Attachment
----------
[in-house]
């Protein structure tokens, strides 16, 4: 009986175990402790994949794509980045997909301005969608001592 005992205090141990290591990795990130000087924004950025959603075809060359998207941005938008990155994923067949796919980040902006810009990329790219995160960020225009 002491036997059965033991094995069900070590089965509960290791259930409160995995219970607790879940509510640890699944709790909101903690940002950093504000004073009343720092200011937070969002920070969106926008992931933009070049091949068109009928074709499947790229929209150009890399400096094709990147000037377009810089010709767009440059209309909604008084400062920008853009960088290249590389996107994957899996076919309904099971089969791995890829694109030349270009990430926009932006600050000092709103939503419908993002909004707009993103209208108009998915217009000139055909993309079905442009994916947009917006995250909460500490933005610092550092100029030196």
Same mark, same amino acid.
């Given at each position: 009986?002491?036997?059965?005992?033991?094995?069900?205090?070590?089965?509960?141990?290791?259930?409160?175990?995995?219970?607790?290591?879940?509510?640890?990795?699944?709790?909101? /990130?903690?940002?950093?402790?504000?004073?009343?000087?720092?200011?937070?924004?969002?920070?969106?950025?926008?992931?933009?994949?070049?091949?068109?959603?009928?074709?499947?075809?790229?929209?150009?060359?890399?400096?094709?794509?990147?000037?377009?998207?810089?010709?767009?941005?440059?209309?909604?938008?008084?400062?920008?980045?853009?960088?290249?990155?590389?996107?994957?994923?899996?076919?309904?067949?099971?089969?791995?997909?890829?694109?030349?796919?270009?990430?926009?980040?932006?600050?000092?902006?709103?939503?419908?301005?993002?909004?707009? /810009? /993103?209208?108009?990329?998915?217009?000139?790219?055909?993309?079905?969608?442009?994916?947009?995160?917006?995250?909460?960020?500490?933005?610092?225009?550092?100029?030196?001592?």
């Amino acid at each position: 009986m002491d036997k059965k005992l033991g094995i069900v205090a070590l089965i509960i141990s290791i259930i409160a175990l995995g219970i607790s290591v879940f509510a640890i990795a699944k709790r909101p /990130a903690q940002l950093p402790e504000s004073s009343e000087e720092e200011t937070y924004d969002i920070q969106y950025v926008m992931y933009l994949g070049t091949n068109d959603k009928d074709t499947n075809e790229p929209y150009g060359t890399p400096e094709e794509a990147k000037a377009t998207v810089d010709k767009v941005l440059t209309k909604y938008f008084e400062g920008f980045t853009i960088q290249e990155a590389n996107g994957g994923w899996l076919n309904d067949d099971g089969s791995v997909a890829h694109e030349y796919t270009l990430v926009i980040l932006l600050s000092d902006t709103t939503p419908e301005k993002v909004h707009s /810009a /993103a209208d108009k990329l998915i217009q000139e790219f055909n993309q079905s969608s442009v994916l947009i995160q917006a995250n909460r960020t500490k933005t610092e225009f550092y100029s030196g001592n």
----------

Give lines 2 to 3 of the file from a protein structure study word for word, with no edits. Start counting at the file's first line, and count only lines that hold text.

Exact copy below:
């Protein structure tokens, strides 16, 4: 009986175990402790994949794509980045997909301005969608001592 005992205090141990290591990795990130000087924004950025959603075809060359998207941005938008990155994923067949796919980040902006810009990329790219995160960020225009 002491036997059965033991094995069900070590089965509960290791259930409160995995219970607790879940509510640890699944709790909101903690940002950093504000004073009343720092200011937070969002920070969106926008992931933009070049091949068109009928074709499947790229929209150009890399400096094709990147000037377009810089010709767009440059209309909604008084400062920008853009960088290249590389996107994957899996076919309904099971089969791995890829694109030349270009990430926009932006600050000092709103939503419908993002909004707009993103209208108009998915217009000139055909993309079905442009994916947009917006995250909460500490933005610092550092100029030196």
Same mark, same amino acid.